Delaware Statutory Trusts: What Prospective Lenders Need to Know
If lenders that finance the acquisition of commercial real estate or large multi-unit residential buildings were to write a wish list of characteristics they were looking when underwriting such loans, that list would likely contain some or all of the following:
- Investment-grade property
- Professional, institutional, and experienced management
- Long-term leases with a strong anchor tenant
- Borrower with solid financials and reserves
- Simplified transaction and due diligence with a single borrower
- Bankruptcy-remote such that the property is out of reach of investors’ creditors
- Protection from individual investors’ bad acts
- Borrower prohibited from renegotiating existing loans or leases.
The foregoing qualities are what can make properties acquired, owned, and managed through a Delaware Statutory Trust (DST) such an appealing opportunity for lenders. This unique form of property investment and ownership has been around for a while but only truly found its footing after the 2008-2009 financial crisis. With the economy now facing another round of volatility and upheaval, DSTs may provide an option as investors look for ways to diversify their asset portfolios and minimize their risks.
What is a Delaware Statutory Trust?
Created under Delaware Law, a DST is a specialized legal entity in which a sponsor firm, acting as trustee, acquires the property, holds the title, and guarantees the mortgage loan. These sponsors are usually seasoned real estate developers and managers that own and operate multiple properties and have the ability to be more discerning in their investment choices than smaller, non-institutional investors. The sponsor firm may act as a master tenant of DST-owned commercial real estate depending on the type of property. Typically, DST properties are institutional-grade commercial properties, including apartment buildings, office buildings, retail buildings, and shopping centers.
Acquiring an interest in a DST is an attractive choice for real estate investors because it allows them to pool resources with other investors to purchase a larger, higher-quality real property asset than what they would be able to afford, and finance, on their own.
Importantly, the beneficial interests in a DST can qualify as a 1031 exchange replacement property, making it an even more attractive option for investors. The investment in a DST is an exclusively passive one; investors have no voting authority, and their only right with respect to the DST is to receive distributions.
The “Seven Deadly Sins” That Are Virtues For DST Lenders
The IRS has held that an interest in a DST can be treated as replacement property for a 1031 exchange. But the 2004 ruling in which the IRS made that determination, IRS Revenue Ruling 2004-86, also imposes several limitations on the authority of DST trustees. These “Seven Deadly Sins,” as they are often referred to, accrue to the benefit of DST lenders insofar as they reduce their risk and enhance the security of their loan facility.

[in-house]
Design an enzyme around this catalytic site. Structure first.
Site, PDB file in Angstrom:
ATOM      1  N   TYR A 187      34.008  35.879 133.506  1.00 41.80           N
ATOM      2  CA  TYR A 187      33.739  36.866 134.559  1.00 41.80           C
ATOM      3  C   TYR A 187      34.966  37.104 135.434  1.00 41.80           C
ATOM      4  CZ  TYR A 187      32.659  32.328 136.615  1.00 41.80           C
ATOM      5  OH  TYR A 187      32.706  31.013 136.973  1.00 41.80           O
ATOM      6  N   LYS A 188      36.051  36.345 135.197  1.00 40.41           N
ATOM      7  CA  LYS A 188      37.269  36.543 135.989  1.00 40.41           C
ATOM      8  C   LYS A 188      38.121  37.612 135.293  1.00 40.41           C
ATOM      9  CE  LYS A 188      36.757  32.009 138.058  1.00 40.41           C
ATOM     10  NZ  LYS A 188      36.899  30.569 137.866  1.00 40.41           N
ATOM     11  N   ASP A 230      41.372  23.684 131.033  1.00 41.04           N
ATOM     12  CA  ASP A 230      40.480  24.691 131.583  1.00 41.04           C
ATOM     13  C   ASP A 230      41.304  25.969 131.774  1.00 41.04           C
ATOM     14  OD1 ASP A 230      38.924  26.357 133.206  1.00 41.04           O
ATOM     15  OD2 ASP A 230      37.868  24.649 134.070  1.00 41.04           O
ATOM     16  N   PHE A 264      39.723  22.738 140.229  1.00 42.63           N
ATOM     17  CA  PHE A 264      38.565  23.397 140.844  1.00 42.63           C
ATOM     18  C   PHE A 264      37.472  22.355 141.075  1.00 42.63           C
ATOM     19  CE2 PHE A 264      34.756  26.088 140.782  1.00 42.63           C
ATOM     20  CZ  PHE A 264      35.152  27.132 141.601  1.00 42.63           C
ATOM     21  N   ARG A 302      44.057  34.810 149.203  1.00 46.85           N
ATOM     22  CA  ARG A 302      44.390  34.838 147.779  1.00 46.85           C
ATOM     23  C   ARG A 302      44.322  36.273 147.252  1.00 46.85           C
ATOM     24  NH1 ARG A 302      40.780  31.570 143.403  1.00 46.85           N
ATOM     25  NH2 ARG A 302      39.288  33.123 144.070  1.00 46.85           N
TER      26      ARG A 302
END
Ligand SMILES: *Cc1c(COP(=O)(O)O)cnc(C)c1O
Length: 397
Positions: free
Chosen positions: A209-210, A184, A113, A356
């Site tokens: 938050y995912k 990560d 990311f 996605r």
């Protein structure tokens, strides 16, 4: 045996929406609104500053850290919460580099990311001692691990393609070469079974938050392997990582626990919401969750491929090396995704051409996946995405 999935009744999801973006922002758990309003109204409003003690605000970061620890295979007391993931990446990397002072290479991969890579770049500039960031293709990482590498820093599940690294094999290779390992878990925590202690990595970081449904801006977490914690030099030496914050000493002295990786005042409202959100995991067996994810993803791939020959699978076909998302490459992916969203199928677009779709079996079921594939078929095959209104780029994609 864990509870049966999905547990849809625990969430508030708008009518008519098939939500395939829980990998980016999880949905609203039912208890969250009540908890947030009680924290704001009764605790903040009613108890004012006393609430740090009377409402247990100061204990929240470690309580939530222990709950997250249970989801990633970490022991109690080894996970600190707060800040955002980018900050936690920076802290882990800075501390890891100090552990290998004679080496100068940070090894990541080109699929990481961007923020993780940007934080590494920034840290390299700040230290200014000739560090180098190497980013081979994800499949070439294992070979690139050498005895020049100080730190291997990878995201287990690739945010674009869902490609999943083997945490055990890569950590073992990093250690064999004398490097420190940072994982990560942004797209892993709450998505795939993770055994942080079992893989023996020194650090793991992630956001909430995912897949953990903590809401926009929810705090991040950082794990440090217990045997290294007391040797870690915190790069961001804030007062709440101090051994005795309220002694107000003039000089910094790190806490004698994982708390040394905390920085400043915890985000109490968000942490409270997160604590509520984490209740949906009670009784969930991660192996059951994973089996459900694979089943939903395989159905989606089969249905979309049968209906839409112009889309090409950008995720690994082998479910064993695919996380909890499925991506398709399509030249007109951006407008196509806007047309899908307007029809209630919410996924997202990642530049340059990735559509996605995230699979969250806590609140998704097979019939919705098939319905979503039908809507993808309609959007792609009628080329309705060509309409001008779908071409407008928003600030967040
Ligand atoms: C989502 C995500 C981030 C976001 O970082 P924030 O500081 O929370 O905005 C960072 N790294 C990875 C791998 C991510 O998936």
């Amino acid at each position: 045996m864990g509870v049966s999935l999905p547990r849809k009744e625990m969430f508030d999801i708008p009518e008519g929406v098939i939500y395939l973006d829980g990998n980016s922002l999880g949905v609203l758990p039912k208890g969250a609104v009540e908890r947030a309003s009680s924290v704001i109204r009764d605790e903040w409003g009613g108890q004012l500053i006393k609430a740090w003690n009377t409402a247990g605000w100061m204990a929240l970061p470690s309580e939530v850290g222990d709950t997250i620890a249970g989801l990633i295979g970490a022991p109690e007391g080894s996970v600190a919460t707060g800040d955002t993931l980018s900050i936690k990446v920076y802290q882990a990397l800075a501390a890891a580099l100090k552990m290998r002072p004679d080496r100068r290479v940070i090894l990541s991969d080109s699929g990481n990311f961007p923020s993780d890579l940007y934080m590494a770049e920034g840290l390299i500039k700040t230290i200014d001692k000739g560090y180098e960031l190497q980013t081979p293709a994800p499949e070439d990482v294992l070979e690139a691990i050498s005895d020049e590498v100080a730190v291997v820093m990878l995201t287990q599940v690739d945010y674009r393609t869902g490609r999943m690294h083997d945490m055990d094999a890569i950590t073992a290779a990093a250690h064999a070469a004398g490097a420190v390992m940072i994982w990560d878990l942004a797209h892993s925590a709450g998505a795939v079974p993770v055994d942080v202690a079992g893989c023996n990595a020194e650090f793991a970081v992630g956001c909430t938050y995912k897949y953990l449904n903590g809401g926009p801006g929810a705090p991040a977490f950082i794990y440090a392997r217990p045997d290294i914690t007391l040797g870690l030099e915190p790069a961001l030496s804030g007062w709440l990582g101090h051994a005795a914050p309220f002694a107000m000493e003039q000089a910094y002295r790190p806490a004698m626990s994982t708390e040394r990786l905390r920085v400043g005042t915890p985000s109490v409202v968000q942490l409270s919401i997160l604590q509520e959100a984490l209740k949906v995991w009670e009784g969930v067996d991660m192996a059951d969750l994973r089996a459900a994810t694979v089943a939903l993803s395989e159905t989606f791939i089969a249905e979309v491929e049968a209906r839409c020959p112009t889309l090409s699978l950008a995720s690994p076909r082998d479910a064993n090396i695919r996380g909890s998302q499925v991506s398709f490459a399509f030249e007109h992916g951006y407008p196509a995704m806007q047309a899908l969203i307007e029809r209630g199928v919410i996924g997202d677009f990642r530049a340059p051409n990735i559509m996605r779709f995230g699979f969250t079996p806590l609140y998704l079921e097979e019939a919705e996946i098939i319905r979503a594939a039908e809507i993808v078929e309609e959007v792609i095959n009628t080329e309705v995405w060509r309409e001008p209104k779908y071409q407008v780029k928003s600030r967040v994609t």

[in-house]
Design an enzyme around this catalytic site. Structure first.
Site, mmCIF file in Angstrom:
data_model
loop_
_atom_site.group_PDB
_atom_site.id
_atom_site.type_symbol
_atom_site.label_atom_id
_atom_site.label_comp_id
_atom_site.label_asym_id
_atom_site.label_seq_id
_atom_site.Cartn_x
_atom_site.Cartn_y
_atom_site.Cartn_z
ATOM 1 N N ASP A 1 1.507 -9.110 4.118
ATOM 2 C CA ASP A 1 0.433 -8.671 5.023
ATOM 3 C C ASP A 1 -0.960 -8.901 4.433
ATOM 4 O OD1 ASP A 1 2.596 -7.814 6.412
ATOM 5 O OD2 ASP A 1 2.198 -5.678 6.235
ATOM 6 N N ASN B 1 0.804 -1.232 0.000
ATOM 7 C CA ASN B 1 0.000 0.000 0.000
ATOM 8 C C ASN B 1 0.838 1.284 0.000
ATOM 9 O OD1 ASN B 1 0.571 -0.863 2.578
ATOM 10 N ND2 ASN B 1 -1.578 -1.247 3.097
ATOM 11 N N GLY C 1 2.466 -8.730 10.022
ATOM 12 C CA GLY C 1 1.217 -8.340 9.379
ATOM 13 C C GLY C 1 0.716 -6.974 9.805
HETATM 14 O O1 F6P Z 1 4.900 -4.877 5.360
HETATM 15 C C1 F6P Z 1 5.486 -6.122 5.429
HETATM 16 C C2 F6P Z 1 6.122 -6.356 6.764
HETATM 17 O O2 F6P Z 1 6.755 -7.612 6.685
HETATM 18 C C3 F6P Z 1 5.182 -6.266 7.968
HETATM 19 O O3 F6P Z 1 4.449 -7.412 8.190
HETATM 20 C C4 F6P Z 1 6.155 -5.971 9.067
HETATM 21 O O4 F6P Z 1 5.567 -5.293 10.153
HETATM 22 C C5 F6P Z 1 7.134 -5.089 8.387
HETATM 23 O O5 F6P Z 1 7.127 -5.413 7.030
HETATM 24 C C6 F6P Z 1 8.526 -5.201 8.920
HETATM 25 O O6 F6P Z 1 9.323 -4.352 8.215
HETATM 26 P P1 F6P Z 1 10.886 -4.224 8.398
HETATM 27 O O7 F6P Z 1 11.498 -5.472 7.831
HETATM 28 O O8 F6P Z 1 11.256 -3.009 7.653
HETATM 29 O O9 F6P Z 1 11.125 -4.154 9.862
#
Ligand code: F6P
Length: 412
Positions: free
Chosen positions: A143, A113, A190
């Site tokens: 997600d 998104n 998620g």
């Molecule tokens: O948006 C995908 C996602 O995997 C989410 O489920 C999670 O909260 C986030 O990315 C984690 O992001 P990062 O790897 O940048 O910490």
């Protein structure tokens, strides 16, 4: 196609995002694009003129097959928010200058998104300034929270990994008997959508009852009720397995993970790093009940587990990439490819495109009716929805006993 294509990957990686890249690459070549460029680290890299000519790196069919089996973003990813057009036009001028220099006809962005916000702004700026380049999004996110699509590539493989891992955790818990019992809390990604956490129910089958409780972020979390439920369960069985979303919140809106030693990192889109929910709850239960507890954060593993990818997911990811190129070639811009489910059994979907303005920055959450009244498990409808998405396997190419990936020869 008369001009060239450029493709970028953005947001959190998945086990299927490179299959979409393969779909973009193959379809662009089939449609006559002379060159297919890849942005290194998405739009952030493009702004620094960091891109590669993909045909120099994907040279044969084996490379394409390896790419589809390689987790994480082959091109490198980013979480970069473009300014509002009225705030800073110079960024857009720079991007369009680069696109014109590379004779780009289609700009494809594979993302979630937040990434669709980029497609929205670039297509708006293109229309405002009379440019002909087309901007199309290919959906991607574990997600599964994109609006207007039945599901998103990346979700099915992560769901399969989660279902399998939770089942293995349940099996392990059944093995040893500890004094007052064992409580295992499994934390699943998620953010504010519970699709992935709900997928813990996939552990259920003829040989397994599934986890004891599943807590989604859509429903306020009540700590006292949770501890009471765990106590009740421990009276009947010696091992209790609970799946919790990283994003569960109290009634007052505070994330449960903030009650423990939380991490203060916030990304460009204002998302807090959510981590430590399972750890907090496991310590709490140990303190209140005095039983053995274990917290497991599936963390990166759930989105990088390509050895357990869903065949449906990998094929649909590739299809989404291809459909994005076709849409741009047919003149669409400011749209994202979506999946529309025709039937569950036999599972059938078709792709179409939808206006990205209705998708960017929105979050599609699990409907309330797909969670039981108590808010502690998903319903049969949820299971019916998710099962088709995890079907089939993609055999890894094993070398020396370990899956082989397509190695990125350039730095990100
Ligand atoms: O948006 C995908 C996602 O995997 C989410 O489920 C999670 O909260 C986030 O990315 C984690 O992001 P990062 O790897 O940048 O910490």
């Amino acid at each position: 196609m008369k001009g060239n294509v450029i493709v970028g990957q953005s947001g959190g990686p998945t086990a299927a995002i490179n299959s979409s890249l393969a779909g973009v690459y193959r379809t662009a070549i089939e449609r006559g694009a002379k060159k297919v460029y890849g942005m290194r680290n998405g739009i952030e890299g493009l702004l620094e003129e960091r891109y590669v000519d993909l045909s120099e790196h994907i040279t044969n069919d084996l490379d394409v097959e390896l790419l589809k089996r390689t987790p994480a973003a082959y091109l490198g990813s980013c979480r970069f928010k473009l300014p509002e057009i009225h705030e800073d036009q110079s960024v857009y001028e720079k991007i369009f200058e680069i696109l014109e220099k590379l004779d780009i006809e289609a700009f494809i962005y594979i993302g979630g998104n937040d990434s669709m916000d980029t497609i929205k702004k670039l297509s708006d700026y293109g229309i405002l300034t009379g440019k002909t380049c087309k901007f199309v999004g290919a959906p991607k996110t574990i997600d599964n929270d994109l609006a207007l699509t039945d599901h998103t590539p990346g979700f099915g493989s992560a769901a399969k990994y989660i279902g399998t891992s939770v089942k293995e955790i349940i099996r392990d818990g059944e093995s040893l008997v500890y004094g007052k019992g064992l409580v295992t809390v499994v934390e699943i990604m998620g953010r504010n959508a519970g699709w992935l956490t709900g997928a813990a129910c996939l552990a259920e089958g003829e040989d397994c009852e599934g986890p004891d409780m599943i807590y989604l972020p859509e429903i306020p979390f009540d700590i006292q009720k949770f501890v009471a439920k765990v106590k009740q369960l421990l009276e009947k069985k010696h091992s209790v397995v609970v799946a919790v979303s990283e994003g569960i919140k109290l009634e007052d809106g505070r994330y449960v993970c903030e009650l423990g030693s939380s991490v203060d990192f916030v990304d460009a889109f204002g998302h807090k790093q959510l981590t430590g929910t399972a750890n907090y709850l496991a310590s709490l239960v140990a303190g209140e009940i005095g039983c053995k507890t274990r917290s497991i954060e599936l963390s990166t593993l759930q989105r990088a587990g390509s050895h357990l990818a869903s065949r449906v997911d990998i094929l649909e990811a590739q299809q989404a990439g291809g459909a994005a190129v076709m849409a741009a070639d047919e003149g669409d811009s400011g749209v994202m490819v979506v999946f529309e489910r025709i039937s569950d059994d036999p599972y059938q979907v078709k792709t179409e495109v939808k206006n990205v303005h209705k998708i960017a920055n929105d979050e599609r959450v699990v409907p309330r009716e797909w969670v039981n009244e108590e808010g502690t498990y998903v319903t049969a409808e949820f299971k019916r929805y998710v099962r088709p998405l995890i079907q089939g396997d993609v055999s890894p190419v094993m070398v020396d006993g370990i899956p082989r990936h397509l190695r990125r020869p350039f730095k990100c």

Those “sins,” as outlined in the IRS ruling, are:
- Once a DST offering closes, neither current nor new beneficiaries can make any future capital contributions to the trust.
- The trustee cannot renegotiate the terms of the existing mortgage loans, nor can it obtain any new mortgage financing from any party except where a property tenant is insolvent or bankrupt.
- The trustee cannot enter into new leases or renegotiate existing leases except where a property tenant is bankrupt or insolvent.
- The trustee cannot reinvest the proceeds from the sale of its real estate.
- The trustee may only make the following types of capital expenditures with respect to the property:
- expenses for routine repair and maintenance of the property
- expenditures for minor nonstructural capital improvements of the property, and
- costs for repairs or improvements required by law.
- Any cash held by the trust between distribution dates can only be invested in short-term debt obligations, and
- Trustees must distribute all cash, other than necessary reserves, on a current basis.
Additional Considerations For Lenders
Since the DST will own 100% of the fee interest in the real estate and is the sole borrower, the lender only makes one loan to one borrower. Additionally, DSTs contain special purpose entity provisions that prevent the bankruptcy creditors of the beneficiaries from reaching the DST’s property. While the loan to a DST must be nonrecourse loan, the sponsor may be able to provide a guaranty, albeit limited.
Contact Latimer LeVay Fyock With Your Questions or Concerns About Delaware Statutory Trusts
Delaware Statutory Trusts aren’t widely known or understood. Even seasoned lenders may have minimal experience issuing loans to DSTs. At Latimer LeVay Fyock, the attorneys in our Banking, Finance & Creditors’ Rights Group, provide counsel to lenders offering financing to DSTs. We have experience with these entities and can help our banking clients understand the structure and requirements so they can make prudent lending decisions.
Please contact us to discuss DST opportunities.